If you are a foraging instructor, it should be ok to admit you don't know every single plant and how to use them. I make it a practice, even when teaching classes, to readily admit when I don't know a plant. Embarrassment or not, it's better to fess up than to act as if you are some incredible superhero with the knowledge of all that is flora. It should also be a rule that you don't teach about plants that you have no real clue about. Just being able to ID a plant is not a basis to talk about your expertise on it. Have you harvested it? How many times? In what way did you prepare it? What is the historical context for its use? Have you found an extremely efficient way to harvest and/or prepare it? What tools or lack of tools do you use to harvest? What are its plant cohorts? Does it like wet soil? Dry? In between? What agricultural zones will it grow in? Do other animals use it? How? All of these questions should be easily answerable to any "expert" on any plant they purport to teach you about.
Now none of this is to say that there is no use in the identification of wild plants. That is a very good skill to have and if that is what you are into then I support you. I consider this akin to birdwatching and I personally find this a fascinating hobby that some people have. These people however are not experts at foraging, which is what I am discussing here. Being able to look at and identify wild rice(zizania sp) is in no way at all comparable to having years of experience harvesting rice. Ricing takes years to even begin to know. I have been ricing for five years and it is a major staple for my family, and I still feel like a rookie. I harvested enough wild rice to feed a family of four, and I still have rice from last fall, and I still feel like I am learning the ins and outs of what it takes to be a good ricer. You cannot expect to get into a canoe one day and instantly become the leading authority on harvesting wild rice. I know people in the indian communities here that have been harvesting for decades and they still tell me they are just learning. I find it insane that I have to point this out, but I do.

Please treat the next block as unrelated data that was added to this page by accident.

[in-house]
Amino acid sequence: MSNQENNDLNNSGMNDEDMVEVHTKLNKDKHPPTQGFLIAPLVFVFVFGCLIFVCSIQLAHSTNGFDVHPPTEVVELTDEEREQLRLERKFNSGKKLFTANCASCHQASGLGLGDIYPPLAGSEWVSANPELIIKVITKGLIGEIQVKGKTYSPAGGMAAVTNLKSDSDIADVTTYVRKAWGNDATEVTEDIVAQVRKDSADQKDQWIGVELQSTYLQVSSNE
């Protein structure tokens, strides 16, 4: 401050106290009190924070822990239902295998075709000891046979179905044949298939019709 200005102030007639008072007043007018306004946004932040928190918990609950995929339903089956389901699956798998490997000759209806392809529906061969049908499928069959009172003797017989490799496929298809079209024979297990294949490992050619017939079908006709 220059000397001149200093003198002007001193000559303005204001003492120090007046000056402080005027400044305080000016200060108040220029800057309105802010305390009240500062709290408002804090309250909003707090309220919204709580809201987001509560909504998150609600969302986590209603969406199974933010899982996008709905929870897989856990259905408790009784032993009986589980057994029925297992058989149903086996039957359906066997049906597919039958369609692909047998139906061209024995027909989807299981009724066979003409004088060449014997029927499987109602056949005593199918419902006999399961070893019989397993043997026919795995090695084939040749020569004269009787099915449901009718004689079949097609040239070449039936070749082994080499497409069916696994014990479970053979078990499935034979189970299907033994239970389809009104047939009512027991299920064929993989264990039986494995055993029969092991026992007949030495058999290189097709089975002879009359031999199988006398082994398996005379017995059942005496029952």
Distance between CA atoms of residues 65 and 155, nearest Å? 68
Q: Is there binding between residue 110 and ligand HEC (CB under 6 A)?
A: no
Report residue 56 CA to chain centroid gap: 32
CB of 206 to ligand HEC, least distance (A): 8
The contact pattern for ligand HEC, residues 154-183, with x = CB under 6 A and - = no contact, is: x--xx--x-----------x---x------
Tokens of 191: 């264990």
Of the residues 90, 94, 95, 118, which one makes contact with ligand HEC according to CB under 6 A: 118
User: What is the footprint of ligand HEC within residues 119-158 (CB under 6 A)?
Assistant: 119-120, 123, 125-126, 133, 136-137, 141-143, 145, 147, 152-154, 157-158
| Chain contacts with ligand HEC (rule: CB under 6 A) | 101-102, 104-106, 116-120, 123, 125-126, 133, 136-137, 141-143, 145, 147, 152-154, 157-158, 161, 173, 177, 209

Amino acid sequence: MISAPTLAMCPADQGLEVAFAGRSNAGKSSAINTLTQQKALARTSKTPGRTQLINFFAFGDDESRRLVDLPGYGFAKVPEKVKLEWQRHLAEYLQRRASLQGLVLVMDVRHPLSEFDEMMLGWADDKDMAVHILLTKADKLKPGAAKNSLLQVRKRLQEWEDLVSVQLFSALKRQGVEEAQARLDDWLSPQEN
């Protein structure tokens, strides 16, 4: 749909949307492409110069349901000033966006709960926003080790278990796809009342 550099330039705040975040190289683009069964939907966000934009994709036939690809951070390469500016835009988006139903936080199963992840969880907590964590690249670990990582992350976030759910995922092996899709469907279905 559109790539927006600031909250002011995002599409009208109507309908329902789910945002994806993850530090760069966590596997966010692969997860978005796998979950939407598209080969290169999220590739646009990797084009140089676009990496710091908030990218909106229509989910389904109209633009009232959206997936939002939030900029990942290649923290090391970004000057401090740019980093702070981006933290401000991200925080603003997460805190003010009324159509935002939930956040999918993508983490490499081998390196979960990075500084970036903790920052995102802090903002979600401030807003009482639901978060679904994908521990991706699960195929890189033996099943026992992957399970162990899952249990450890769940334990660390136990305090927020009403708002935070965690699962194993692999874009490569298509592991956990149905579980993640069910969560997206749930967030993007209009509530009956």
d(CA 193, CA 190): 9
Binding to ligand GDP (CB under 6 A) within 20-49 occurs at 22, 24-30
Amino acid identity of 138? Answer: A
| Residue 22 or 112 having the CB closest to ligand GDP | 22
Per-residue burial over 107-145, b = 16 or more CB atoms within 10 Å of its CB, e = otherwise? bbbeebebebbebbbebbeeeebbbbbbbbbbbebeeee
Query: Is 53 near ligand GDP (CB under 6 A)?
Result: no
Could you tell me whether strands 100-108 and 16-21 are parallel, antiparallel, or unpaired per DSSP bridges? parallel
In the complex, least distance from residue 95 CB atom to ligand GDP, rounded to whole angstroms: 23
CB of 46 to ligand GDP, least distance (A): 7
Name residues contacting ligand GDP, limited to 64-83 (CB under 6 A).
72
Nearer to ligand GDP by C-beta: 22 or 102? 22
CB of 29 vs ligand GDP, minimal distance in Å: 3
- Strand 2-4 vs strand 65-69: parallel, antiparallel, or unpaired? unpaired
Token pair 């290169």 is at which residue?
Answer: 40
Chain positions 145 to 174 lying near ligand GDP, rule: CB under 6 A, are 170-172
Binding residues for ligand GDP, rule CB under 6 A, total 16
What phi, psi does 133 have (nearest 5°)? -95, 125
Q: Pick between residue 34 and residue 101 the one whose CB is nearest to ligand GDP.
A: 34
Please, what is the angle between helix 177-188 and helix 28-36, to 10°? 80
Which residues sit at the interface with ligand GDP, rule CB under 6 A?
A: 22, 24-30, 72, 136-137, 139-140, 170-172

Foraging is becoming very popular these days. Very popular. And this popularity can be a very good thing, or it can be a very bad thing, and it is up to all of us to steer it in the direction of good. There is much talk about the sustainable harvest of wild foods, and while I feel that is a good concept to discuss, it should be equally important to discuss whether or not people teaching these plants and mushrooms to others are even qualified to be doing so. Teachers should be able to show others that they are indeed foragers themselves and not just plantwatchers. With popularity there comes with it a need to have community policing of things like people purporting to be experts. Nobody that has been foraging for two or three years should be teaching foraging classes. That would be like me teaching a hunting class. Im too much of a newb for something like that. I have not yet learned the nuances of hunting. That is not to say that you haven't acquired knowledge in those two or three years, because you can learn a vast amount in that time, but that vast amount hasn't yet had the time it needs to ripen into wisdom.
Hopefully in the future the population can all be like Sam Thayer, foraging since six years old and just unbelievably knowledgeable about plants and ecosystems. This might indeed be a possibility for our kids and their kids if we move now to make sure that people that teach are doing so with real true expertise.
If you want to read more about things pertaining to 'instant experts' I highly suggest all of Sam Thayers books. Link below.
Until next time! Cheerio!